University of Rochester – “Luo and Wang, a dual PhD candidate in political and computer science, summarized their findings in eight papers during the course of the campaign, including these observations:
  • The more Donald Trump tweeted, the faster his following grew–even after he performed poorly in debates against other Republican candidates, and even after he sparked controversies, such as proposing a ban on Muslim immigration. (Read the paper.)
  • When Trump accused Hillary Clinton of playing the “woman card,” women were more likely to follow Clinton and less likely to “un-follow” her during the week that followed.  But it did not affect the gender composition of Trump followers. (Read the paper.)
  • Moreover, a “gender affinity effect” seen in other elections–women tending to vote for women–did not appear to be working for Clinton as the primaries drew to a close. The percentage of female Twitter followers in the Clinton camp was no larger than that in the Trump camp. Moreover, though “un-followers” were more likely to be female for both candidates, the phenomenon was “particularly pronounced” for Clinton. (Read the paper.)
  • At the same time, several polls, including ABC/Washington Post and CBS/New York Times, suggested that some Bernie Sanders supporters might “jump ship” from the Democratic column, and end up voting for Trump if Sanders dropped out. Luo and Wang found supporting evidence, reporting that the number of Bernie Sanders followers who were also following Trump was increasing–but the number also following Clinton was declining. The dual Sanders/Trump followers were also disproportionately (up to 64 percent) male. (Read the paper.)

Perhaps the problem goes beyond the Oscars?
From the Oscars to the Oval Office, tweeting and texting at work is catching flak
   “Distracted working has become the distracted driving in the workplace,” says Steve Langerud, workplace consultant and principal of Steve Langerud & Associates in Grinnell, Iowa.  “My clients ask regularly about how to manage employees who text at work.”
While major gaffes like Sunday’s mix-up of Best Picture are rare, “the bigger issue is how present employees are at work,” Langerud says.
Indeed, one in five employers think that employees are productive fewer than five hours a day, with most citing smartphone use as the culprit, a 2016 CareerBuilder report of hiring managers found.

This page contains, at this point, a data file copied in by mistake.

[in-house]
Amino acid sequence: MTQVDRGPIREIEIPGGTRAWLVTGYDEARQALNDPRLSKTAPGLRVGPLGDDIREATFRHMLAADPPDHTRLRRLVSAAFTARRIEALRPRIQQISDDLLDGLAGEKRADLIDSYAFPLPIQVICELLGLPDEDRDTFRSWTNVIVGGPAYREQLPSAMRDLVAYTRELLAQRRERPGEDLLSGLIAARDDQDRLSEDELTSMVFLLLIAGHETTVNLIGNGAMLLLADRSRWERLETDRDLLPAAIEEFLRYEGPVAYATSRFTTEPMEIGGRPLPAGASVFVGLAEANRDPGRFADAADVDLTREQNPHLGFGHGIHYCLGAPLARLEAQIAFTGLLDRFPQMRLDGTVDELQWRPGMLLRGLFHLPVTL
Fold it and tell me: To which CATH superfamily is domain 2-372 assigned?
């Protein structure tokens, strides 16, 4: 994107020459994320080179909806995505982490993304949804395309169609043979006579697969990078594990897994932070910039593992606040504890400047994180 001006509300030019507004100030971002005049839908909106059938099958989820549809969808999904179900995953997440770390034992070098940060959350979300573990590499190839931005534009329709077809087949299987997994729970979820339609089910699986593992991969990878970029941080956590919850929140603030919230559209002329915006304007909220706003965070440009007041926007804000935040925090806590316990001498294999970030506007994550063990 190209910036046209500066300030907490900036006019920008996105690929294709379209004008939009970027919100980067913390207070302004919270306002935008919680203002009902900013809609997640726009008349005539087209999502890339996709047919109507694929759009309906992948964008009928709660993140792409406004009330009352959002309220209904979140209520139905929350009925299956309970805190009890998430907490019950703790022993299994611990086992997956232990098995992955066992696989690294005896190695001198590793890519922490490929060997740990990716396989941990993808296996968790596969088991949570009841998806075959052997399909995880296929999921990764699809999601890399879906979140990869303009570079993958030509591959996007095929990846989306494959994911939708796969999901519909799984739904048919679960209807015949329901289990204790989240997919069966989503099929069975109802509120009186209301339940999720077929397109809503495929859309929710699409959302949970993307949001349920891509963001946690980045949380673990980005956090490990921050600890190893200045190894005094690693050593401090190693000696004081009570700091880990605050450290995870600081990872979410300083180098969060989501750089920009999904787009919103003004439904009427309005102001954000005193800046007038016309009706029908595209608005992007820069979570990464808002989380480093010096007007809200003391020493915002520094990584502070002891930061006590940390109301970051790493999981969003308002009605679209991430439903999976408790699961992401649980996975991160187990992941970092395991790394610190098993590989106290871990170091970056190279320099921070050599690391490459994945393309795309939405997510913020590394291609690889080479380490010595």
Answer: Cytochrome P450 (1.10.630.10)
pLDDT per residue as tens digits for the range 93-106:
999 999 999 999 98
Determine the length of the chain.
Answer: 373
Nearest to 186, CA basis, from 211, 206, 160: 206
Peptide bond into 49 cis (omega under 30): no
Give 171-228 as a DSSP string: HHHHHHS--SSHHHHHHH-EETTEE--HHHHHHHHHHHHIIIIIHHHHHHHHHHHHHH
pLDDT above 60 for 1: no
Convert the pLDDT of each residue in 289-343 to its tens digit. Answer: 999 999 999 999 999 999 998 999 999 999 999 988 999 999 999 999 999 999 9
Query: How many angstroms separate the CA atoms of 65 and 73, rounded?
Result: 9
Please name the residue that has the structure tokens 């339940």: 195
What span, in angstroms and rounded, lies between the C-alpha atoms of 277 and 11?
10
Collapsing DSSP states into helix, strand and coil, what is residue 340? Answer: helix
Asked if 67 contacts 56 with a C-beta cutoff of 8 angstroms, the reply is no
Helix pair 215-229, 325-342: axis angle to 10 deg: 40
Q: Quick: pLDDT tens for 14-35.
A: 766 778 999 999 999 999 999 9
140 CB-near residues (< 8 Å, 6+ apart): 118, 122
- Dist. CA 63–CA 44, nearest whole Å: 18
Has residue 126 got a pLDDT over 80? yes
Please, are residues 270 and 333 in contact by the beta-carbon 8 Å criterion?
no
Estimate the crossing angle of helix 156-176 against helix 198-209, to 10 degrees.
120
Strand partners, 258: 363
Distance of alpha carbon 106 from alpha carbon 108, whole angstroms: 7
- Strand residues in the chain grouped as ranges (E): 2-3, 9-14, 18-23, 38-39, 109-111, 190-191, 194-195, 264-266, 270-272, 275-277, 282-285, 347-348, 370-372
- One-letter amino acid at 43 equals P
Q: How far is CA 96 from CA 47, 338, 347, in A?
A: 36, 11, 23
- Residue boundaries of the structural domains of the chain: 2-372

Despite repeated warnings, people still get fired for sending an inappropriate photo or tweet.  The problem with sites like Twitter and Instagram is that immediacy and informality are also social media’s greatest dangers, experts say.  And in many cases, there’s no turning back once you hit “send” and there are plenty of reasons not to.  
   There’s a growing body of research supporting “nomophobia” — the fear of being without your cellphone.  Nearly half of Americans (47%) say they couldn’t go a day without their smartphone, according to a 2014 Bank of America survey.  

Make an App, no matter how narrow your focus and sell the company for big bucks? 
Yelp acquires restaurant waiting list tech startup Nowait in a $40 million all-cash deal
   Founded out of Pittsburgh in 2010, Nowait integrates its technology with that of restaurants to streamline and optimize front-of-house operations, including table turnover and waiting lists.
   The partnership was also designed to enable Yelp users to verify restaurants’ waiting times and start queuing remotely — all without leaving the Yelp app.  When a diner’s table is good to go, they receive a message, and the Yelp user can message back to say if they’re running late or whether they’re just a few seconds away.  It essentially replaces archaic systems involving handheld buzzers or pieces of paper — now everything happens through a smartphone.

As long as it’s not Soylent Green!
Subway chicken in Canada was part meat, part something else, according to DNA analysis
   A researcher delved into the DNA of chicken sold at various fast food restaurants, at the request of the Canadian Broadcasting Corporation’s “Marketplace” program.  Not all poultry, the CBC reported, was as it seemed.
Four of the five fast food joints were mostly hawking the real bird.  McDonald’s grilled country chicken, for instance, contained 90 percent chicken DNA.
But the chicken tucked into the world’s most ubiquitous submarine sandwiches proved to be an outlier.  The chicken sold at Subway — which has the most restaurant locations of any fast food chain on the planet — was found to be almost equal parts meat to soy, based on DNA.

More tools for my researching students.